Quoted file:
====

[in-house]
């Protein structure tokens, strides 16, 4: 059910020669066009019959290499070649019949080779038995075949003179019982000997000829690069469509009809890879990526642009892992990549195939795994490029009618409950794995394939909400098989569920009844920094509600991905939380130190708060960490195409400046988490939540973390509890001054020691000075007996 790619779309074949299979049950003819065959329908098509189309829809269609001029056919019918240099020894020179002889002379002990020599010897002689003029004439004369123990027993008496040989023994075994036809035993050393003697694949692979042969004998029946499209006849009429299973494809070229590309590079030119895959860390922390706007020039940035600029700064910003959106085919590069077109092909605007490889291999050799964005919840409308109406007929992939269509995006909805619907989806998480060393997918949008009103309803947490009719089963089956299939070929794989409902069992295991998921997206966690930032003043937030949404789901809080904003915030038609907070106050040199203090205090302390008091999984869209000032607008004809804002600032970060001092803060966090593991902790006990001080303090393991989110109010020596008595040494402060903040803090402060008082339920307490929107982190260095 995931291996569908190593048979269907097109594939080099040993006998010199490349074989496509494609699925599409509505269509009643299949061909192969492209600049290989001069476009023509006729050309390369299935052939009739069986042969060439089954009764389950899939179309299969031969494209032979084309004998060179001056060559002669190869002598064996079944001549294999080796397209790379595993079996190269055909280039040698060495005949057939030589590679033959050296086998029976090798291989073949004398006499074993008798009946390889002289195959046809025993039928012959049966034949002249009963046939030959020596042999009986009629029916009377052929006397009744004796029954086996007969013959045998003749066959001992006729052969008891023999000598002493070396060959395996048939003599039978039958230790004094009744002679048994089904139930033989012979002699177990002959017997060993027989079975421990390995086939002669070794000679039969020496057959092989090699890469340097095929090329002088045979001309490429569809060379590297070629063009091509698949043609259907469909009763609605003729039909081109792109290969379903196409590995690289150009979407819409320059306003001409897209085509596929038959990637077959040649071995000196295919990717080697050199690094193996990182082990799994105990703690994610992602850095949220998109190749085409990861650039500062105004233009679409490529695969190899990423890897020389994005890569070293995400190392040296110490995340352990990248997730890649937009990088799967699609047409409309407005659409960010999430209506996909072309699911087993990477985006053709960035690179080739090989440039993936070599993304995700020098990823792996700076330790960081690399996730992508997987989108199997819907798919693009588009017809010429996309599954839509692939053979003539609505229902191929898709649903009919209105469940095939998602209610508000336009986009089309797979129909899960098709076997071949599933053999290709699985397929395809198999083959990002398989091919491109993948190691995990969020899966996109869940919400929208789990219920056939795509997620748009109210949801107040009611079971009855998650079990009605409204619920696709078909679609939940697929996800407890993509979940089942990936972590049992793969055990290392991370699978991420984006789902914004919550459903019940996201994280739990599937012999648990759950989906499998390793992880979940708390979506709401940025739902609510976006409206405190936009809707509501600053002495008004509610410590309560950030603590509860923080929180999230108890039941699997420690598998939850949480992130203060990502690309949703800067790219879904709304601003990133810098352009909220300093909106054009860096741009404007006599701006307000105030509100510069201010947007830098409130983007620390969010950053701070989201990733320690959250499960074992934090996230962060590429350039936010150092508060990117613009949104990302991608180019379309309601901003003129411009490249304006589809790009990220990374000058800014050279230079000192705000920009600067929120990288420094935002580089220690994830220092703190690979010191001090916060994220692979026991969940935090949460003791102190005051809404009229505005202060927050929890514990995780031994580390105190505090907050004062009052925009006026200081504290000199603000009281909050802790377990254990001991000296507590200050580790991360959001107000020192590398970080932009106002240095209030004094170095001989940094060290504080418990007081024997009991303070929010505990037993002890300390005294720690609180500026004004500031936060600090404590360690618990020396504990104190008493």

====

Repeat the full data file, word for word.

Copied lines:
[in-house]
């Protein structure tokens, strides 16, 4: 059910020669066009019959290499070649019949080779038995075949003179019982000997000829690069469509009809890879990526642009892992990549195939795994490029009618409950794995394939909400098989569920009844920094509600991905939380130190708060960490195409400046988490939540973390509890001054020691000075007996 790619779309074949299979049950003819065959329908098509189309829809269609001029056919019918240099020894020179002889002379002990020599010897002689003029004439004369123990027993008496040989023994075994036809035993050393003697694949692979042969004998029946499209006849009429299973494809070229590309590079030119895959860390922390706007020039940035600029700064910003959106085919590069077109092909605007490889291999050799964005919840409308109406007929992939269509995006909805619907989806998480060393997918949008009103309803947490009719089963089956299939070929794989409902069992295991998921997206966690930032003043937030949404789901809080904003915030038609907070106050040199203090205090302390008091999984869209000032607008004809804002600032970060001092803060966090593991902790006990001080303090393991989110109010020596008595040494402060903040803090402060008082339920307490929107982190260095 995931291996569908190593048979269907097109594939080099040993006998010199490349074989496509494609699925599409509505269509009643299949061909192969492209600049290989001069476009023509006729050309390369299935052939009739069986042969060439089954009764389950899939179309299969031969494209032979084309004998060179001056060559002669190869002598064996079944001549294999080796397209790379595993079996190269055909280039040698060495005949057939030589590679033959050296086998029976090798291989073949004398006499074993008798009946390889002289195959046809025993039928012959049966034949002249009963046939030959020596042999009986009629029916009377052929006397009744004796029954086996007969013959045998003749066959001992006729052969008891023999000598002493070396060959395996048939003599039978039958230790004094009744002679048994089904139930033989012979002699177990002959017997060993027989079975421990390995086939002669070794000679039969020496057959092989090699890469340097095929090329002088045979001309490429569809060379590297070629063009091509698949043609259907469909009763609605003729039909081109792109290969379903196409590995690289150009979407819409320059306003001409897209085509596929038959990637077959040649071995000196295919990717080697050199690094193996990182082990799994105990703690994610992602850095949220998109190749085409990861650039500062105004233009679409490529695969190899990423890897020389994005890569070293995400190392040296110490995340352990990248997730890649937009990088799967699609047409409309407005659409960010999430209506996909072309699911087993990477985006053709960035690179080739090989440039993936070599993304995700020098990823792996700076330790960081690399996730992508997987989108199997819907798919693009588009017809010429996309599954839509692939053979003539609505229902191929898709649903009919209105469940095939998602209610508000336009986009089309797979129909899960098709076997071949599933053999290709699985397929395809198999083959990002398989091919491109993948190691995990969020899966996109869940919400929208789990219920056939795509997620748009109210949801107040009611079971009855998650079990009605409204619920696709078909679609939940697929996800407890993509979940089942990936972590049992793969055990290392991370699978991420984006789902914004919550459903019940996201994280739990599937012999648990759950989906499998390793992880979940708390979506709401940025739902609510976006409206405190936009809707509501600053002495008004509610410590309560950030603590509860923080929180999230108890039941699997420690598998939850949480992130203060990502690309949703800067790219879904709304601003990133810098352009909220300093909106054009860096741009404007006599701006307000105030509100510069201010947007830098409130983007620390969010950053701070989201990733320690959250499960074992934090996230962060590429350039936010150092508060990117613009949104990302991608180019379309309601901003003129411009490249304006589809790009990220990374000058800014050279230079000192705000920009600067929120990288420094935002580089220690994830220092703190690979010191001090916060994220692979026991969940935090949460003791102190005051809404009229505005202060927050929890514990995780031994580390105190505090907050004062009052925009006026200081504290000199603000009281909050802790377990254990001991000296507590200050580790991360959001107000020192590398970080932009106002240095209030004094170095001989940094060290504080418990007081024997009991303070929010505990037993002890300390005294720690609180500026004004500031936060600090404590360690618990020396504990104190008493």